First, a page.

Whistleblower Law: What Rights Do Ratting Lawyers Have?

, New York Law Journal


C. Evan Stewart, a senior partner at Cohen & Gresser, writes: Because of the whistleblower provisions of federal statutes such as Dodd-Frank, recent case law, and various articles written on this subject, there has been a fair amount of disinformation as to whether lawyers are free to rat on their clients and then also profit thereby.

This content has been archived. It is available exclusively through our partner LexisNexis®.

To view this content, please continue to Lexis Advance®.

Continue to Lexis Advance®

Not a Lexis Advance® Subscriber? Subscribe Now

Why am I seeing this?

LexisNexis® is now the exclusive third party online distributor of the broad collection of current and archived versions of ALM's legal news publications. LexisNexis® customers will be able to access and use ALM's content by subscribing to the LexisNexis® services via Lexis Advance®. This includes content from the National Law Journal®, The American Lawyer®, Law Technology News®, The New York Law Journal® and Corporate Counsel®, as well as ALM's other newspapers, directories, legal treatises, published and unpublished court opinions, and other sources of legal information.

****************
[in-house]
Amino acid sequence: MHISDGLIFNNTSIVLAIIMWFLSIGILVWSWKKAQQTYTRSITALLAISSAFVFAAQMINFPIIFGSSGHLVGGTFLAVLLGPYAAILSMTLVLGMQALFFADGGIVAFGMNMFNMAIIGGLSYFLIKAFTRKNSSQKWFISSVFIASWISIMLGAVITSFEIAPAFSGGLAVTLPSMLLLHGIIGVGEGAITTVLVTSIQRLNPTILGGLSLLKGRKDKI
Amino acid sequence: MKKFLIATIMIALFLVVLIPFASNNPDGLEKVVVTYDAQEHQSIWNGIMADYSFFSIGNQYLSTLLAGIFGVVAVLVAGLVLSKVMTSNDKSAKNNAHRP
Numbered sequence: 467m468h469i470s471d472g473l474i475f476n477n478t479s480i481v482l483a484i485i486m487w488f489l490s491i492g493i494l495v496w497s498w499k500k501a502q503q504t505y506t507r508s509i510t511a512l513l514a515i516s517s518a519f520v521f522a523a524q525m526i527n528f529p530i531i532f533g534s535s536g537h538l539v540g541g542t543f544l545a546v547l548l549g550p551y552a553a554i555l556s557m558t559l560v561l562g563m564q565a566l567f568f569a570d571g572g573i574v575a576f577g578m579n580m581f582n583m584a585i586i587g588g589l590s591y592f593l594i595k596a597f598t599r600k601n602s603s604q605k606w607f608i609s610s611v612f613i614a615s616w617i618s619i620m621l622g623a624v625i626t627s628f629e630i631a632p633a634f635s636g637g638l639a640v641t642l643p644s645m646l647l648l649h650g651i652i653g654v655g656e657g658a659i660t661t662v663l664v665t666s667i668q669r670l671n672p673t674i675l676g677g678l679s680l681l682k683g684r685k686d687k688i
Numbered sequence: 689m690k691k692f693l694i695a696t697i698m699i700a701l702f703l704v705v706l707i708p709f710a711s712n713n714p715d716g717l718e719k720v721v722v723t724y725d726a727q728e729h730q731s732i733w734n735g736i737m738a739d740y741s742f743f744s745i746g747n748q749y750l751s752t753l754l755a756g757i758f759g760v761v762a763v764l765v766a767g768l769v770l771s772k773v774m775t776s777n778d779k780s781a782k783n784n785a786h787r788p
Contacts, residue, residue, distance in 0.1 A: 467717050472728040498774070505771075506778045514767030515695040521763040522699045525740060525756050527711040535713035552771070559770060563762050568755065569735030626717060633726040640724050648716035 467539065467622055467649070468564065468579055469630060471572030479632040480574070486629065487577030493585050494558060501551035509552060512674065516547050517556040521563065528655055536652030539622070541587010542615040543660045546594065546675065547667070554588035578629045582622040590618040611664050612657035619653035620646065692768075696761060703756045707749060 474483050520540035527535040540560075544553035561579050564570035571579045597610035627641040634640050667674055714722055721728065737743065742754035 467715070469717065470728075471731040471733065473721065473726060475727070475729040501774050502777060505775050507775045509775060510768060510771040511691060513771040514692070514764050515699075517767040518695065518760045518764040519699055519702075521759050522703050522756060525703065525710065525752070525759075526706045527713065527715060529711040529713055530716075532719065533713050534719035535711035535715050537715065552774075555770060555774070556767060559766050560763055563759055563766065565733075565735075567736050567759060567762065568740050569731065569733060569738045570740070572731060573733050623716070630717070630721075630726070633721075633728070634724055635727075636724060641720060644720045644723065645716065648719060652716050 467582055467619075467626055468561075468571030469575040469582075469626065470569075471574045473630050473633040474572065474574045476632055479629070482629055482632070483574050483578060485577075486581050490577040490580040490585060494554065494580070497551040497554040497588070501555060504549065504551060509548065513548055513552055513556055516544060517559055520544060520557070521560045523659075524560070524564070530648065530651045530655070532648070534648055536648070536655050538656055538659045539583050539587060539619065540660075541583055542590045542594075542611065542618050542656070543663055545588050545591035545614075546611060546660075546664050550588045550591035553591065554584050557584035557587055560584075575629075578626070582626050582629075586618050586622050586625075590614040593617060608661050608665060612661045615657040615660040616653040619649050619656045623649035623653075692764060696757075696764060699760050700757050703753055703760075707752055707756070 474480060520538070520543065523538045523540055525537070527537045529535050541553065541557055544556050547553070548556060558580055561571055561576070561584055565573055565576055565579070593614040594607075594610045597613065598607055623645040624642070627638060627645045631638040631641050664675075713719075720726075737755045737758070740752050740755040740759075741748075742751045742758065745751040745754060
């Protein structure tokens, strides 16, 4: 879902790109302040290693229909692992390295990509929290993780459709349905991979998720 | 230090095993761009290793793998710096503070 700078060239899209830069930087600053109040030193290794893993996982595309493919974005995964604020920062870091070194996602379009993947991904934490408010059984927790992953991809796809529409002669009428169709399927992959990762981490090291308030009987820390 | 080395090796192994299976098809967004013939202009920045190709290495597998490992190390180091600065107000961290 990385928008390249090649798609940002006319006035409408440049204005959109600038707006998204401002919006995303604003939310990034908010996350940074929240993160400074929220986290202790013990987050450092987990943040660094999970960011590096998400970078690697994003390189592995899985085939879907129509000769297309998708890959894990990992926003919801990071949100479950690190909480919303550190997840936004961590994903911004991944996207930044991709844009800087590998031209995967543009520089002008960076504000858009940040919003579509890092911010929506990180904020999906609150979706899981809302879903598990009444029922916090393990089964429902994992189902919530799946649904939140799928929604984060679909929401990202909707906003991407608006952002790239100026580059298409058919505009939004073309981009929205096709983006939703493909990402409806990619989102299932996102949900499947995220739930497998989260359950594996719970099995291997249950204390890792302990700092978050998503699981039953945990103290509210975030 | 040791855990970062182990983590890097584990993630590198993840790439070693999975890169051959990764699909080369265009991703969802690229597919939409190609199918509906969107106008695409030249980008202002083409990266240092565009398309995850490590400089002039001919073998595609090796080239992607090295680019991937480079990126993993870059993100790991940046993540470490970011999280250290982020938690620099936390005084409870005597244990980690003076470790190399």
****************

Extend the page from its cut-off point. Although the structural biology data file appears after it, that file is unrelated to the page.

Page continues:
ALM's content plays a significant role in your work and research, and now through this alliance LexisNexis® will bring you access to an even more comprehensive collection of legal content.

For questions call 1-877-256-2472 or contact us at customercare@alm.com

What's being said

  • not available

    This article undermines its balance and rationality by its use of the pejorative terms "rat" and "ratting."

Comments are not moderated. To report offensive comments, click here.

Preparing comment abuse report for Article #1202646761750

Thank you!

This article's comments will be reviewed.